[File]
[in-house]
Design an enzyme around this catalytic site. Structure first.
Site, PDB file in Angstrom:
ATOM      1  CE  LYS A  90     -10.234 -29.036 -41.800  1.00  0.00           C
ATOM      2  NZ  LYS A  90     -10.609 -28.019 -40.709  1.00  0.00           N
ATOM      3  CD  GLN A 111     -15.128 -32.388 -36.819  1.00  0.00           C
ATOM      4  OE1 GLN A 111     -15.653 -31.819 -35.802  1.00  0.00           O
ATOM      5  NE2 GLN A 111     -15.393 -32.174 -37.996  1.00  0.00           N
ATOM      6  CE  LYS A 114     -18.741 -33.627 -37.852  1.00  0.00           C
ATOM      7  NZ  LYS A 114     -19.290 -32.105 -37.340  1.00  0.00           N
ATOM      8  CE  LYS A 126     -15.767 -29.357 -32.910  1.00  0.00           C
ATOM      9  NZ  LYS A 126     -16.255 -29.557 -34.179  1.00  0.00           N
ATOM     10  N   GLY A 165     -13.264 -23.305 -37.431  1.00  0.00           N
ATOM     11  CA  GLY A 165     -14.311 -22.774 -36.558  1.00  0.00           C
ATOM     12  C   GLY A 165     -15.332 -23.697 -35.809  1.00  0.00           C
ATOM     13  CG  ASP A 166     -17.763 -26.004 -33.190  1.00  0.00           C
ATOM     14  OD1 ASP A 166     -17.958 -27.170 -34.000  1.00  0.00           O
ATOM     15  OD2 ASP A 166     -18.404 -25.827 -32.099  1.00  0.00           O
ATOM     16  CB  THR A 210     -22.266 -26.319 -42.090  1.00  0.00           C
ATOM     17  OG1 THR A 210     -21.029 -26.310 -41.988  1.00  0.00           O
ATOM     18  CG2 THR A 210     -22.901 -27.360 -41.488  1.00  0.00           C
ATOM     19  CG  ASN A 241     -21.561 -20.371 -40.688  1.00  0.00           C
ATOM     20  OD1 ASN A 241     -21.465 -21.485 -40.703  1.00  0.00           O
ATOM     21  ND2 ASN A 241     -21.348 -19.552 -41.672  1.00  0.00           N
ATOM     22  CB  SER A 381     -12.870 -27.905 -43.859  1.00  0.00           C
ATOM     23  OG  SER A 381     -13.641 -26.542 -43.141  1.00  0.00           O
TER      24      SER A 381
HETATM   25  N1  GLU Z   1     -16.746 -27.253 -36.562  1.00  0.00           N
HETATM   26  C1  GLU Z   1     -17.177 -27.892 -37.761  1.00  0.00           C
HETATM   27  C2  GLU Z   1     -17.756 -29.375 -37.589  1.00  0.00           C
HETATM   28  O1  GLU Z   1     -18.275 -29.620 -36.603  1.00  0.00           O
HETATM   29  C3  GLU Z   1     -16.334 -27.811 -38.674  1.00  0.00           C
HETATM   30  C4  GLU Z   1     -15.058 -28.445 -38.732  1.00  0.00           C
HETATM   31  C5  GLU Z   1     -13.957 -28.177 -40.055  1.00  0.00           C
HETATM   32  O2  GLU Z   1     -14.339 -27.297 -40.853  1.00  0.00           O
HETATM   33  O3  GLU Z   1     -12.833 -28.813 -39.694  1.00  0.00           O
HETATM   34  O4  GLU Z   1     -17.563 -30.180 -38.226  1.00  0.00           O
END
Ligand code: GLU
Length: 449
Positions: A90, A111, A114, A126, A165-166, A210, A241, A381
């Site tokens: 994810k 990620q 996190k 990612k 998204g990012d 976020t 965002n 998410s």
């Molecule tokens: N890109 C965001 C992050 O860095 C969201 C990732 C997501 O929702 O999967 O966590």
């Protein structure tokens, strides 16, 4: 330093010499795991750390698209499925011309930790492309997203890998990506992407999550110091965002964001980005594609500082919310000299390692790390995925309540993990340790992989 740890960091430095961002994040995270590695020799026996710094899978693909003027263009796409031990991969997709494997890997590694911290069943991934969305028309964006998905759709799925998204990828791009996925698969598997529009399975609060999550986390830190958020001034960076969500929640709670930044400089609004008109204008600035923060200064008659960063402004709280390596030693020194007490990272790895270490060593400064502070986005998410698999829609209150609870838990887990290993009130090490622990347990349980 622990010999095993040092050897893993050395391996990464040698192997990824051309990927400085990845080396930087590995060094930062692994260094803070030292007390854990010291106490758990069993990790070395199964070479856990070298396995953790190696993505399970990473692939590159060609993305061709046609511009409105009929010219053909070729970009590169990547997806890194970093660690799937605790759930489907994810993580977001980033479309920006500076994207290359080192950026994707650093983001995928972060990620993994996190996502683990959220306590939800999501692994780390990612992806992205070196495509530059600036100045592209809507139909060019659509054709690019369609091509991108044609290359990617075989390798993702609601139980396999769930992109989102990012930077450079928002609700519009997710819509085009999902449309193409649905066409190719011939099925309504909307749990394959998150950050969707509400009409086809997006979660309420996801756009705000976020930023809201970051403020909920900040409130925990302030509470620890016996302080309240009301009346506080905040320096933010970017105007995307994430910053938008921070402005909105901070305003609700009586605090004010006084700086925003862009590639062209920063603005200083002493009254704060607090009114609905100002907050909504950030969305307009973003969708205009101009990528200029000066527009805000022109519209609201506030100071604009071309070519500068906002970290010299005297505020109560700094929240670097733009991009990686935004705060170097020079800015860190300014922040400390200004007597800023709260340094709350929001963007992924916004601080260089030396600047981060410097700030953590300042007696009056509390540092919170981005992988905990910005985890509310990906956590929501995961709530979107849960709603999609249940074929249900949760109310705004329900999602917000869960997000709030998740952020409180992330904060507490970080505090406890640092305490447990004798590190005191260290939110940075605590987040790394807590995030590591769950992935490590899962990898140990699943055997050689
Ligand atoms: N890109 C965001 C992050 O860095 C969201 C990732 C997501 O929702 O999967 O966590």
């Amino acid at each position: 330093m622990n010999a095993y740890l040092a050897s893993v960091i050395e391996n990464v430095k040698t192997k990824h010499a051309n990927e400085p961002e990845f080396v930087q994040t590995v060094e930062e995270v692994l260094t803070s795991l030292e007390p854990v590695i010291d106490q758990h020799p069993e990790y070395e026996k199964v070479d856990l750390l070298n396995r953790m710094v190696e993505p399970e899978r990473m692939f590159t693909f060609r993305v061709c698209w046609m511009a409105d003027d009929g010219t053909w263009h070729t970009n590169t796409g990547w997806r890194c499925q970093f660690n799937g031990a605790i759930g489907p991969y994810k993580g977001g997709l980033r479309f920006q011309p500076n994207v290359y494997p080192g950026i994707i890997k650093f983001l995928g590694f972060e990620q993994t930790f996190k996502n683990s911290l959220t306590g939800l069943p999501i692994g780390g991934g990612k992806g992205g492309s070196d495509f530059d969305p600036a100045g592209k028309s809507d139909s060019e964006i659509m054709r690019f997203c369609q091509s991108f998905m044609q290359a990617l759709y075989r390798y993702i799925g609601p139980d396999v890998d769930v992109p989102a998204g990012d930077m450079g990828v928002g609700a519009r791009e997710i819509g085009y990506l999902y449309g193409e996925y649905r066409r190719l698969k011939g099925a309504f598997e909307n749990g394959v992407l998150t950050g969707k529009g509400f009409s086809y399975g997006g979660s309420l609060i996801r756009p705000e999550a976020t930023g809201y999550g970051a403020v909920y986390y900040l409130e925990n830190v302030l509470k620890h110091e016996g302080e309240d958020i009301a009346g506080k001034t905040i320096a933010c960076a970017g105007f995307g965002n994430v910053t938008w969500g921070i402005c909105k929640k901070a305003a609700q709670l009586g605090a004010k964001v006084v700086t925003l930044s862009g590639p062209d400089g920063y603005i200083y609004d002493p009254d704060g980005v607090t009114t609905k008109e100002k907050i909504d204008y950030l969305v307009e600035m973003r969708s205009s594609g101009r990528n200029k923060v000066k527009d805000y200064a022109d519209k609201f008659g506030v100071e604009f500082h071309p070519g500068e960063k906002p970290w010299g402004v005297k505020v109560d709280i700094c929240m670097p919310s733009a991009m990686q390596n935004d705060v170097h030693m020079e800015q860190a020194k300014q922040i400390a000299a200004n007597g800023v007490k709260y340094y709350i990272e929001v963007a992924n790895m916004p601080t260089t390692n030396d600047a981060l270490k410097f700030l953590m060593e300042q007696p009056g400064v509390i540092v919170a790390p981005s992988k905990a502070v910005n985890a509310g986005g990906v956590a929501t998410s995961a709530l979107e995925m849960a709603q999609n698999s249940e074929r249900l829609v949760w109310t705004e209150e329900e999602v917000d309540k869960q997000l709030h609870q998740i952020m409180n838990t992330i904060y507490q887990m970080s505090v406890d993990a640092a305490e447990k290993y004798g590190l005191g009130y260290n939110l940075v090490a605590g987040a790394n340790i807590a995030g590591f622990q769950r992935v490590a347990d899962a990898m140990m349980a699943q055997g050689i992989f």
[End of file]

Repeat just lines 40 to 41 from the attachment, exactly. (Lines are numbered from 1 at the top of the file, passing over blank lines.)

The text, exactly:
Length: 449
Positions: A90, A111, A114, A126, A165-166, A210, A241, A381